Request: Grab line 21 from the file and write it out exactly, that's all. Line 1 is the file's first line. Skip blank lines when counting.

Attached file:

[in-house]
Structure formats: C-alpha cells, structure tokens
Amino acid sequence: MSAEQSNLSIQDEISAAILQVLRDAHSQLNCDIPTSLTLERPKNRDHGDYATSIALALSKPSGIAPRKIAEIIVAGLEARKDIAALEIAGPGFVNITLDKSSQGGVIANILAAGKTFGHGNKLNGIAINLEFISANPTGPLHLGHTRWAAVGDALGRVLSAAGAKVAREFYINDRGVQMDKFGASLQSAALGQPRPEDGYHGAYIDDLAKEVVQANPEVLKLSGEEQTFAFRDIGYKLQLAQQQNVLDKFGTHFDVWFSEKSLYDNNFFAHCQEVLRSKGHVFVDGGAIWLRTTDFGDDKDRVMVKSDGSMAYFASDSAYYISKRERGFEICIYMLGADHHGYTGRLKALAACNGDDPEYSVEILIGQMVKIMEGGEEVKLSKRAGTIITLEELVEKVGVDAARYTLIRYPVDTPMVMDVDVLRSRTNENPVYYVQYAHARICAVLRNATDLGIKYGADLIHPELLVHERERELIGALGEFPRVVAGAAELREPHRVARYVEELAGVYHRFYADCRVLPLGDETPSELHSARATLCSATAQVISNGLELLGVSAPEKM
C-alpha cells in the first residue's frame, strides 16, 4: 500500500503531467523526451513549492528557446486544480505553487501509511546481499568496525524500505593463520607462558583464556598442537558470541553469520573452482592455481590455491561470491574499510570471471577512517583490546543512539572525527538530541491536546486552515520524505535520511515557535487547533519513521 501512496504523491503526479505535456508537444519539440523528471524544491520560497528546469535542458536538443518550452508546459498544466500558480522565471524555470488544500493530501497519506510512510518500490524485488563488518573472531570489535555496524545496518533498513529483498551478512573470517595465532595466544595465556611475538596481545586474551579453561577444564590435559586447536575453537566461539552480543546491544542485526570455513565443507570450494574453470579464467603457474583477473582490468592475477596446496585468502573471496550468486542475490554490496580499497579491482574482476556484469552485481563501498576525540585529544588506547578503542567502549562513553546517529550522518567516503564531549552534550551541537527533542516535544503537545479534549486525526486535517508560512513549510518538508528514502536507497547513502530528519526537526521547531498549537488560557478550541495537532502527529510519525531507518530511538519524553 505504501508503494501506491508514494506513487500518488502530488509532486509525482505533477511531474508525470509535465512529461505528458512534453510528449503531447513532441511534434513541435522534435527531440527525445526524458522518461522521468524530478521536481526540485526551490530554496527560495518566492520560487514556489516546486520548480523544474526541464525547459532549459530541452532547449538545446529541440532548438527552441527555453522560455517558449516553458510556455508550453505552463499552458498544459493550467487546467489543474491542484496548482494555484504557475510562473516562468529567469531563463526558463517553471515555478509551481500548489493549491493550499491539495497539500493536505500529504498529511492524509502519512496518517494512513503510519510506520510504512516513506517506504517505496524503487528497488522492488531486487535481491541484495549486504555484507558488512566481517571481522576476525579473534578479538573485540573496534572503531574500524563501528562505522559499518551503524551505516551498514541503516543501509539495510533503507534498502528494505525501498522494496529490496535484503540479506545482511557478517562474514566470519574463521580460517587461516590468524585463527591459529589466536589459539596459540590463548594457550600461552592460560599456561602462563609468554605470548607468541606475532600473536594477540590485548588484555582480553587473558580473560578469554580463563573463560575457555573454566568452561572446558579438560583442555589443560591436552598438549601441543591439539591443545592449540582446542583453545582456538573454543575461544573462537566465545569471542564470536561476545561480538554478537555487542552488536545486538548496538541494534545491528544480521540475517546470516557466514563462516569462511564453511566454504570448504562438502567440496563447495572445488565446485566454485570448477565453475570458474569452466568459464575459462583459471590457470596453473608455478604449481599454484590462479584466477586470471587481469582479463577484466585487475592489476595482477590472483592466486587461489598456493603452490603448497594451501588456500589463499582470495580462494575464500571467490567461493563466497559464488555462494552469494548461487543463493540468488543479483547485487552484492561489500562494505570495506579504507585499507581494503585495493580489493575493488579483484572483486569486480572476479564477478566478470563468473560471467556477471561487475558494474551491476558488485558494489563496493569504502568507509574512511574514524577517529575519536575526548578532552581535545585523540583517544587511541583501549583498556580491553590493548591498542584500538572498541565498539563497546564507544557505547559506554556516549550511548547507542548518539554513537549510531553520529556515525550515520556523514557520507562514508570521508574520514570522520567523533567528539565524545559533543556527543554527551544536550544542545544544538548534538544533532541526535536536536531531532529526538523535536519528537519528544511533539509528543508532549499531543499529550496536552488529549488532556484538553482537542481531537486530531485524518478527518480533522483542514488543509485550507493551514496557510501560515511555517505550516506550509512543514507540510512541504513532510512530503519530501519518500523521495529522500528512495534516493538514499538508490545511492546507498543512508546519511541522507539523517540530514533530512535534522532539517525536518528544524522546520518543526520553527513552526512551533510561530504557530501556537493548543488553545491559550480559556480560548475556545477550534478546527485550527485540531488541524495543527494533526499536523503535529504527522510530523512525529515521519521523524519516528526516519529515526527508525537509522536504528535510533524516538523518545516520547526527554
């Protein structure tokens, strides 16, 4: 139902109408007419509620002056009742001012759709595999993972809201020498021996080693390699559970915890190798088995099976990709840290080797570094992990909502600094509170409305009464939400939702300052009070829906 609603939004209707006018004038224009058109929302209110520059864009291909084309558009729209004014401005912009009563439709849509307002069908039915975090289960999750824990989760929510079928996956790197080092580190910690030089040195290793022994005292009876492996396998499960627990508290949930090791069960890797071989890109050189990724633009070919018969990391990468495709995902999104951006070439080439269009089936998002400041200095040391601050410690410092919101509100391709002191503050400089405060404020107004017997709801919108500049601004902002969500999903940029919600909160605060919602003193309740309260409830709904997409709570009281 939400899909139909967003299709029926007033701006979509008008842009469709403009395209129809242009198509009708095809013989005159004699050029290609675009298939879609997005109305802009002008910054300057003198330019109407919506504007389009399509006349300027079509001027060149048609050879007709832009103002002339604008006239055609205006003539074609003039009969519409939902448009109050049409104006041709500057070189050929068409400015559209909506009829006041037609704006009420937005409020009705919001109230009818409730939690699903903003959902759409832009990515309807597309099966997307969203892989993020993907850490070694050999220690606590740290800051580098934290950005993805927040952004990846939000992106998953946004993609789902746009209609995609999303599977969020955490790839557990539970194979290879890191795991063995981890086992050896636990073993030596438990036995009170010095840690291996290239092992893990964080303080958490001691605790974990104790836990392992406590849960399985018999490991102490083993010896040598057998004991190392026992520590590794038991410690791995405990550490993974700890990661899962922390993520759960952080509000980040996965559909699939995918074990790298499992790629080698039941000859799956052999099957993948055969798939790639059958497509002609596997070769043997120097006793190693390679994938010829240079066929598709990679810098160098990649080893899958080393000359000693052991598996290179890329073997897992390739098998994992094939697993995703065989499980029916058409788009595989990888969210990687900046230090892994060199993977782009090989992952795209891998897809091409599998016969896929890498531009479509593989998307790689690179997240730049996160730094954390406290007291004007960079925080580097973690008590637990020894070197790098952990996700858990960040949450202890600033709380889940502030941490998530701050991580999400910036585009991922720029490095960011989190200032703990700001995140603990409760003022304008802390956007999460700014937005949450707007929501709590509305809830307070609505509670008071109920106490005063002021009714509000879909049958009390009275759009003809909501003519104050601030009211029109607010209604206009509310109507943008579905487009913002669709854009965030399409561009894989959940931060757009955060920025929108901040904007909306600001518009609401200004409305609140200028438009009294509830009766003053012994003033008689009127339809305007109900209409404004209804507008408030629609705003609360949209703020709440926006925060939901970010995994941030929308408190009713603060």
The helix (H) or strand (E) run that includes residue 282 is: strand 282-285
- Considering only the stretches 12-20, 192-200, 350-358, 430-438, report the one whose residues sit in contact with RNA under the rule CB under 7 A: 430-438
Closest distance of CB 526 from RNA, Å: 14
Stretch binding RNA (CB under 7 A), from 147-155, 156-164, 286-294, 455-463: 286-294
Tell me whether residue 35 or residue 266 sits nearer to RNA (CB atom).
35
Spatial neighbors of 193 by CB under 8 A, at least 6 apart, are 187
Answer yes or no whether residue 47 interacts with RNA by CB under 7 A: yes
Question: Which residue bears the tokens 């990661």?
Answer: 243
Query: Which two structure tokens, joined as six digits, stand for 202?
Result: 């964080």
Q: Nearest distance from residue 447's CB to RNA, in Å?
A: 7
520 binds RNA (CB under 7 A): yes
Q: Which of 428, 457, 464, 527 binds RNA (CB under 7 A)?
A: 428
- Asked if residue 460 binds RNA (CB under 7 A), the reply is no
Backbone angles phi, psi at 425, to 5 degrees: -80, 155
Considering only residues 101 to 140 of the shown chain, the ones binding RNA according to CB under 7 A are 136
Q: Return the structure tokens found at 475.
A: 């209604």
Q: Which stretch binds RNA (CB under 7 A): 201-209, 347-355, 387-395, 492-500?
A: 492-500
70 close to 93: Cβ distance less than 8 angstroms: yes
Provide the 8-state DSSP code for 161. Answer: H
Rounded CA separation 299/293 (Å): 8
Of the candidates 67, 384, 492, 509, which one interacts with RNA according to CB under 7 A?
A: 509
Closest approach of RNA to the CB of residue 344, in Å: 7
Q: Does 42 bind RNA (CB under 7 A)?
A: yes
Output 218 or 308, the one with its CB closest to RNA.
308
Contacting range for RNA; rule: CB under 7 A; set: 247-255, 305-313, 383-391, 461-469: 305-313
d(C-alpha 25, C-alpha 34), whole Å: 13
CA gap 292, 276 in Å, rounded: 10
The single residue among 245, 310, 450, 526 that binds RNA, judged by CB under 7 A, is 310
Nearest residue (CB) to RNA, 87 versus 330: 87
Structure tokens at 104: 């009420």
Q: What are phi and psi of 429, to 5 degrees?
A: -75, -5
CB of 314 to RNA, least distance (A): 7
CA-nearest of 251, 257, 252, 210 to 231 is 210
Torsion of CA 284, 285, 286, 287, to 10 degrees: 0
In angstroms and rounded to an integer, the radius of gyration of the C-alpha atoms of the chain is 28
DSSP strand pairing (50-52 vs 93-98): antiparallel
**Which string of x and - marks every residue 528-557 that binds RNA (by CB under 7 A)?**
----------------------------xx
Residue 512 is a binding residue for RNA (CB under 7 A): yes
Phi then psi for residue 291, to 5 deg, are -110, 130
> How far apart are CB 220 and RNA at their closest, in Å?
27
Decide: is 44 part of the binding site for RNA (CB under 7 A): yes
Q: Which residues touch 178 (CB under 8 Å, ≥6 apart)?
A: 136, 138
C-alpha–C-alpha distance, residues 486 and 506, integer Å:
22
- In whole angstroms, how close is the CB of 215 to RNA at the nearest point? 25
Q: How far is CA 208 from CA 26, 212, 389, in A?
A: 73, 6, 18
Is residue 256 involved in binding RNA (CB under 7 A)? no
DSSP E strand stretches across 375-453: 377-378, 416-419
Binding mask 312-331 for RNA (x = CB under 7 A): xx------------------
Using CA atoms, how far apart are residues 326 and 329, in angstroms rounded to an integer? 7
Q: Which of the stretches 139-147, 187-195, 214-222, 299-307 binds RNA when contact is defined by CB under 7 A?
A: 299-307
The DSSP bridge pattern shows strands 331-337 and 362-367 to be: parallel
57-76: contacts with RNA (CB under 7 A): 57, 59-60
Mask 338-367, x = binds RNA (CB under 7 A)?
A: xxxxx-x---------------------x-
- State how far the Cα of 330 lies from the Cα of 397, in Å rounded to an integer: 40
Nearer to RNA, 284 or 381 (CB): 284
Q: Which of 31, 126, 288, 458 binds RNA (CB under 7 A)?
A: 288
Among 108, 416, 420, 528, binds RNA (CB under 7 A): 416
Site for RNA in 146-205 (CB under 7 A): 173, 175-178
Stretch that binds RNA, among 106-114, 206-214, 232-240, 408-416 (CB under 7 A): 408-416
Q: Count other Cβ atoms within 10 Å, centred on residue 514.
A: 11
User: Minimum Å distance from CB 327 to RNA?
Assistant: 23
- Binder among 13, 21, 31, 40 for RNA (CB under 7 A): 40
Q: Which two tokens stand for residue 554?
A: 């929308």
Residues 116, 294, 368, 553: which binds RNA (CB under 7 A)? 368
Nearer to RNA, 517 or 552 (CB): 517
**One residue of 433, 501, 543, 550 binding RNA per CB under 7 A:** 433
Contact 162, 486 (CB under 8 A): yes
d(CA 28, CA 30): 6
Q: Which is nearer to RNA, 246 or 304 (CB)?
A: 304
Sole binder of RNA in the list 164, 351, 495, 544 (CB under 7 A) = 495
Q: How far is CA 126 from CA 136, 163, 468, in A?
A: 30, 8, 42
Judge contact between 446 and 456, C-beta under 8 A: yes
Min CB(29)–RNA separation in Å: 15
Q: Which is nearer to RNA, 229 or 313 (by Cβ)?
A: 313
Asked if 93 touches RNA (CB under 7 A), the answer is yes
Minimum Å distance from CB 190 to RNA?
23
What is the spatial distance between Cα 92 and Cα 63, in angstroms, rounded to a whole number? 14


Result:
Q: Which of 428, 457, 464, 527 binds RNA (CB under 7 A)?